The exciting thing about this is that the good results in the human tests are mainly due to the masked pretraining – that is, due to the part of the training in which the network mainly receives sentences in which the individual words are masked. With RLHF, the network is better adapted to human communication. So it could be assumed that this approach would be better suited to passing human tests, but the opposite is the case. The reasons for this are not mentioned in the report.

Therefore, the advantage of RLHF lies not in its performance, but rather in the fact that the model is easier for people to use. So you do not need a specially trained prompt engineer – anyone can do it.

The model still has weaknesses in certain areas. Thus, the outputs were often too vague to be useful, resulted in impractical solutions or were prone to factual errors. On top of that, longer answers were more likely to contain inaccuracies. The report also notes that when it came to multi-step instructions for developing a radiological device or biochemical compound, the model tended to provide a vague or inaccurate answer. However, it is important to note that these limitations are specific to particular areas and contexts and do not necessarily apply to all use cases. Nevertheless, GPT-4 was able to reduce the occurrence of these fabricated statements, which are referred to as ‘hallucinations’.

Risk and mitigation

When developing GPT-4, OpenAI placed particular emphasis on improving safety and alignment – the reason for having done so being to better prepare GPT-4 for commercial use. By improving security and alignment, the model ultimately provides significantly fewer problematic responses. The two measures that were implemented include adversarial testing and a dedicated model safety pipeline.

Adversarial testing is a software testing technique that utilises targeted attacks and unexpected inputs in a specific attempt to identify errors and vulnerabilities in a system. The aim here is to test the system under conditions that it would not normally expect and thereby uncover potential safety risks or errors. Adversarial training can be applied to large language models by deliberately using corrupted or falsified data as input. This makes the model more resistant to attacks and improves its robustness.

To this end, OpenAI hired more than 50 experts who interacted with and tested the model over an extended period of time. The recommendations and training data these experts provided were then used once again to optimise the model. For example, the report mentions that GPT-4 now refuses to answer when asked how to build a bomb.

In addition, a model-assisted safety pipeline was developed to better solve the problems concerning alignment. GPT-4, similar to ChatGPT, is tailored to RLHF. The models can however still generate unsafe output even after undergoing RLHF. OpenAI gets around this problem by using GPT-4 to correct itself. The approach here is to use two components: additional RLHF training prompts with safety-related content and rule-based reward models (RBRMs). RBRMs are GPT-4 zero-shot classifiers that provide an additional source of reward signals for the model in order to encourage the desired behaviour, for example, generating innocuous content and avoiding harmful content. The RBRMs receive three inputs in order to evaluate the output: the prompt (the user’s request), the policy model’s output and a rubric (a set of rules in multiple-choice form) written by a human. Taking these three inputs as a basis, the RBRM uses the rubric to classify the content. This classification allows the model to be rewarded for correctly refusing to answer or for giving a detailed answer to an innocuous request. The results of this approach are shown in the following figure.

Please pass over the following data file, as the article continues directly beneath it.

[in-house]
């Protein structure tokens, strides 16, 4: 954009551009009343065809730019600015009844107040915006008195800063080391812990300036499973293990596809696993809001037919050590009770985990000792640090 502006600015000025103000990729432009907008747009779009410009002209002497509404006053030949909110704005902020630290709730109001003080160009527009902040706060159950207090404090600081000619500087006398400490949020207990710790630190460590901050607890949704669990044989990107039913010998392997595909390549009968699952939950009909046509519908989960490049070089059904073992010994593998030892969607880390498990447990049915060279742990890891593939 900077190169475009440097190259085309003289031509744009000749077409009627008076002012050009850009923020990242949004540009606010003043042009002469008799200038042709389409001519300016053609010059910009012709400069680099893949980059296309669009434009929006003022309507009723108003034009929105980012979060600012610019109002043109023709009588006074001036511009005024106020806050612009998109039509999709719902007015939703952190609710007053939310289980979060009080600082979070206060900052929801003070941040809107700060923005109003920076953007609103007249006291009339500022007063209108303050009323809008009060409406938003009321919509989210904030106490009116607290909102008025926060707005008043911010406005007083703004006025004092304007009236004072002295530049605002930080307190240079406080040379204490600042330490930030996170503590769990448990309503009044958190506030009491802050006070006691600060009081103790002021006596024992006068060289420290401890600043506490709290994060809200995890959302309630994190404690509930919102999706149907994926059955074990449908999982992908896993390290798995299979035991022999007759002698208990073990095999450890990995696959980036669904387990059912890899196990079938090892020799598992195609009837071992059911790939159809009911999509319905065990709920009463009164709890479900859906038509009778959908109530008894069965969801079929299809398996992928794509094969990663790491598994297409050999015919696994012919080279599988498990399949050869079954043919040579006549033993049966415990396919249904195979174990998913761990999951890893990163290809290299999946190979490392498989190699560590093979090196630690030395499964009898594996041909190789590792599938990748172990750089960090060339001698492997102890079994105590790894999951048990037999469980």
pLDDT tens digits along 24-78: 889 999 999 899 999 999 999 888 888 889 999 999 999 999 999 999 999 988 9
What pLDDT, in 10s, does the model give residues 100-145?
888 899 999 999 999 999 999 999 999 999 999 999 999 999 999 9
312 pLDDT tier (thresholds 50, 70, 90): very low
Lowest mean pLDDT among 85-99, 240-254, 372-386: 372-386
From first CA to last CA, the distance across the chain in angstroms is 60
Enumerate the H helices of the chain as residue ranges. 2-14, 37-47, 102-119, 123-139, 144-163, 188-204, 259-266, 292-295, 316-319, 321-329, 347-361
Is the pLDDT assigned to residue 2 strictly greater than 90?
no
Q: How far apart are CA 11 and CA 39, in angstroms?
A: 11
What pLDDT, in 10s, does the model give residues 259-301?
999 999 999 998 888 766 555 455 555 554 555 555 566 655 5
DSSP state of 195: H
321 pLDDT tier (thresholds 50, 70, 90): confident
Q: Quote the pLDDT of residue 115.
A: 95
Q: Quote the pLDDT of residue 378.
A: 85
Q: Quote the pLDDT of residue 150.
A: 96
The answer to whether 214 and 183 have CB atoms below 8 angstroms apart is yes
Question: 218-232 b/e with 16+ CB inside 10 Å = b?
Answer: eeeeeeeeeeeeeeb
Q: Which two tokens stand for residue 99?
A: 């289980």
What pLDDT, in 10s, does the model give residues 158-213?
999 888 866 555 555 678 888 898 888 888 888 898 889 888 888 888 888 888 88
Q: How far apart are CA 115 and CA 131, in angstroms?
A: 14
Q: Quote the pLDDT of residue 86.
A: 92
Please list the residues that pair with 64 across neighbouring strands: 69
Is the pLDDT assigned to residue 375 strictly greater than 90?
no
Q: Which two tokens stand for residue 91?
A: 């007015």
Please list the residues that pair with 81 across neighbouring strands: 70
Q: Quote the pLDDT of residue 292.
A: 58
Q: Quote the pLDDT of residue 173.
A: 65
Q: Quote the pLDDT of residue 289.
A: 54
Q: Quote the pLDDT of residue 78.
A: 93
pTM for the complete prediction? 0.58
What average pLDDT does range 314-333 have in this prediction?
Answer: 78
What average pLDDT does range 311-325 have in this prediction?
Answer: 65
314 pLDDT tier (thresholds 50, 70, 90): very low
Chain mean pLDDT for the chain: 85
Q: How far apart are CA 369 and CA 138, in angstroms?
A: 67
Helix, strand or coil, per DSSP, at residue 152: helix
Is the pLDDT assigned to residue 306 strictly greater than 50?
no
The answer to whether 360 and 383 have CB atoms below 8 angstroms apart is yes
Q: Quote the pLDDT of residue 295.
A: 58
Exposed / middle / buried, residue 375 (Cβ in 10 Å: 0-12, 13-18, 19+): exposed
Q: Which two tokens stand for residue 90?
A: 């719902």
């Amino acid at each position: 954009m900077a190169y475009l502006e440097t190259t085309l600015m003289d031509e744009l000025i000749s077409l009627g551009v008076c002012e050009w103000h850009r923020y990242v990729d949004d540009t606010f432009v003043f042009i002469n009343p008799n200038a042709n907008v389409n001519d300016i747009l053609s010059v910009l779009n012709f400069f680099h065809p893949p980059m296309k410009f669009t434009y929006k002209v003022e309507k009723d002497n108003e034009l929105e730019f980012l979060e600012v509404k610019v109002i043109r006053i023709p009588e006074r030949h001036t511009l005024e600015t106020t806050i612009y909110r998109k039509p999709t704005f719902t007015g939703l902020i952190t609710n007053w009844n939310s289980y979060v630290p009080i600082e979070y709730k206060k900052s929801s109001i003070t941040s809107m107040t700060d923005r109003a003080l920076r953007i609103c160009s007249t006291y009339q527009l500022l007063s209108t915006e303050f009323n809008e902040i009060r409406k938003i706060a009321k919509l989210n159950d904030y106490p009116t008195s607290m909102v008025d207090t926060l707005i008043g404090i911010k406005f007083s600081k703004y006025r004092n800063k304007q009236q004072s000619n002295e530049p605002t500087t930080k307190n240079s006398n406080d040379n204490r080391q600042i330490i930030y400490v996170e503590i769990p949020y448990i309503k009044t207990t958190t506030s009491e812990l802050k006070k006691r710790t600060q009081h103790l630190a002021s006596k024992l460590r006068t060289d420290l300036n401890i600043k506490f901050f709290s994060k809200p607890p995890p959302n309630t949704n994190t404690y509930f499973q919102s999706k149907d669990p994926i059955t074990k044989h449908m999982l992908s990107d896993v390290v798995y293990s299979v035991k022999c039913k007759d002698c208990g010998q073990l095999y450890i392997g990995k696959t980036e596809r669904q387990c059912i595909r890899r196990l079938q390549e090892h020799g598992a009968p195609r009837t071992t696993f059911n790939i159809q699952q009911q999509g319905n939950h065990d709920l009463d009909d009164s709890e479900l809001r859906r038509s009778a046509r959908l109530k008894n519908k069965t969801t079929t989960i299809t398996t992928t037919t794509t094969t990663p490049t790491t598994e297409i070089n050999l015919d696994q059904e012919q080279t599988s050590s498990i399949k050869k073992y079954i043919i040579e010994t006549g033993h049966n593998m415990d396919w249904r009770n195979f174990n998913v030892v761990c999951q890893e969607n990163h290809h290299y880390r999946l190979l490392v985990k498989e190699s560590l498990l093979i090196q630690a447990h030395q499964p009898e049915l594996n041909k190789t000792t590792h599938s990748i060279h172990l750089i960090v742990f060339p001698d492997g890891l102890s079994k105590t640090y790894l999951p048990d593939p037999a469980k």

Rate of incorrect behaviour on disallowed and sensitive content (source: GPT-4 Technical Report)

It is worth mentioning that the level of progress with sensitive prompts is very high, while the probability of error with forbidden prompts is close to zero. This is very pleasing because, although it is not possible to avoid all errors, it has been possible to significantly optimise error avoidance.

GPT4 compared to LLaMA

LLaMA is a foundation model from Facebook AI Research (FAIR) and is special because it presents a collection of foundation language models with seven billion to 65 billion parameters that are trained on billions of tokens. What makes LLaMA unique is that this application demonstrates that it is possible to train state-of-the-art models using only publicly available datasets without resorting to proprietary and inaccessible datasets, which is not the case with OpenAI and GPT-4. LaMA-13B in particular outperforms GPT-3 (175B) when it comes to most benchmarks. Moreover, LLaMA-65B is able to compete with the best models, Chinchilla-70B and PaLM-540B.

We believe that this model will help democratise both access to and the study of large language models, as it can run on a single GPU. What is really fantastic is that LLaMA is better than GPT-3 but only needs ten per cent of the size, which makes it much cheaper and easier to use. LLaMA is currently still somewhat worse than GPT-4, but it still has not reached the size of GPT-4 either. So it remains to be seen how good the next generation of LLaMA will be.

Size comparison of the different models (source:

Examples for the integration of GPT-4 into existing products, source:

GPT-4 is a big step forward in the performance of language models and could be useful in many applications. Unfortunately, by focusing on the product, OpenAI has moved away from its roots: research. This makes it difficult to understand what exactly happens in GPT-4. It also complicates usage because the application has to be used as a black box. Nonetheless, very interesting application possibilities already exist, and it is already being integrated into some products.

You can find more exciting topics from the adesso world in our previously published blog articles.

Picture Marc Mezger

Author Marc Mezger

Marc Fabian Mezger is an AI Specialist Consultant specializing in Medical Deep Learning, Computer Vision and Drift. In his current role at the AI & Data Science Competence Center, he is responsible for advising customers on AI solutions and their implementation. He has extensive knowledge in Machine and Deep Learning.

Picture Hong Chen

Author Dr. Hong Chen

Dr Hong Chen is an experienced data engineer and specialised consultant with extensive knowledge of the Azure Cloud Platform, including an Azure Architect certification. He has extensive experience in using Snowflake and data warehousing technologies to design and implement efficient and scalable data solutions.